Co-op's IDRs and VR are limited by the bank's low, but improving profitability relative to domestic peers, an area which management seeks to address through a five year strategic plan. Continued strengthening in profitability is likely as the bank progresses its strategic plan, although a more significant sustainable improvement may take some time. Profitability is therefore likely to lag domestic peers in the financial year ended 31 March 2015 (FY15).

The bank's medium term strategic objectives are clearly articulated by management. Although it has performed well against the objectives to date, the brand and strategic goals are still relatively new and a longer term track record has not been established. Expansion, particularly into the Auckland market has been approached cautiously, reflective of the banks modest risk appetite.

The VR is supported by strong capitalisation relative to peers and solid asset quality which has continued to remain stable. The FCC ratio was 15.8% at FYE14 and is unlikely to deteriorate materially despite the bank's growth ambitions. The impaired loan ratio of 0.2% also compares favourably against local and international peers.

RATING SENSITIVITIES - IDRs AND VR

Positive rating action would require a sustainable and significant improvement in profitability whilst maintaining current strong levels of capitalisation, sound funding and modest risk appetite. Negative rating action may result should the bank weaken its risk appetite and the FCC ratio significantly decline as part of its growth strategy. A material deterioration in Co-op's operating environment, placing pressure on asset quality and potentially eroding the bank's capital base would also place downward pressure on the bank's ratings.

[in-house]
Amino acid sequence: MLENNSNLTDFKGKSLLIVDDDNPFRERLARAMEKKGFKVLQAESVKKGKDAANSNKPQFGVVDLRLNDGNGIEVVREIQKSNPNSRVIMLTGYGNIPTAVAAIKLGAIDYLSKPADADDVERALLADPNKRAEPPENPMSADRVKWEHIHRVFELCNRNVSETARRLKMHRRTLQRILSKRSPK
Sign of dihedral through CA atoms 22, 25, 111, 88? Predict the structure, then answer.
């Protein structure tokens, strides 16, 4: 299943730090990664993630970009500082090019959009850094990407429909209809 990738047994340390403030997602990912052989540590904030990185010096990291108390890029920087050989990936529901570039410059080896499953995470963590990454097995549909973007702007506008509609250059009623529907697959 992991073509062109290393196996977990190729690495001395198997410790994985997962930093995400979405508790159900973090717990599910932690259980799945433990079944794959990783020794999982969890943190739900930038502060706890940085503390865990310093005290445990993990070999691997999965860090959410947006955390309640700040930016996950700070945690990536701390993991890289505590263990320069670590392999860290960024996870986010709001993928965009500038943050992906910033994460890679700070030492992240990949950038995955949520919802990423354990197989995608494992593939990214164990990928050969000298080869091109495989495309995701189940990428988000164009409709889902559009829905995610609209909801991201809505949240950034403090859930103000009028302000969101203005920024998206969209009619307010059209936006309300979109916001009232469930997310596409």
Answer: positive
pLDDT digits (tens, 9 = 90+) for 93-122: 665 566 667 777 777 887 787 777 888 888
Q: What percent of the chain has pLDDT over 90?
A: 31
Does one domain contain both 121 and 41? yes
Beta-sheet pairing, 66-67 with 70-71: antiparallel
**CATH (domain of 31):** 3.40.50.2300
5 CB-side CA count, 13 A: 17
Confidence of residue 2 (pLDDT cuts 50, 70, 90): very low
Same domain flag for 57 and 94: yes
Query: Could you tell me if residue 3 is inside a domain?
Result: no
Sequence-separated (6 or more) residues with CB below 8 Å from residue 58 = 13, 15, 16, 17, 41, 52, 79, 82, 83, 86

Here's what Fitch said about the Nelson Building Society

KEY RATING DRIVERS - IDRs AND VR

NBS's IDR, VR and Stable Outlook reflect the society's consistently strong operating performance, solid asset quality, and stable funding and liquidity profiles. The main constraints on the ratings are the society's moderate franchise which can limit pricing power and competitive advantages, its small absolute size which increases concentration risks, and below peer capitalisation and leverage.

NBS's performance in the face of intense competition has been very strong with higher operating profits from good loan growth and wider net interest margins. However, as a mutual institution, NBS has limited capital raising options and rapid loan growth has pressured capital ratios. Capital ratios are lower than domestic peers but stronger than more highly rated international peers.

RATING SENSITIVITIES - IDRs AND VR

An upgrade to NBS's IDR and VR would require the society to improve the value of its franchise, decrease its concentrations and strengthen its capital position. A negative rating action could occur if asset quality unexpectedly deteriorated due to its large single-name or geographic concentrations, or because of poorly managed expansion and loan growth.

And here's what Fitch said about the Wairarapa Building Society

KEY RATING DRIVERS - IDRs AND VR

WBS's IDR, VR and Stable Outlook reflect the society's moderate franchise, good asset performance and adequate capital ratios containing satisfactory buffers over regulatory minimums, offset by large loan and investment property exposures for an institution of its size.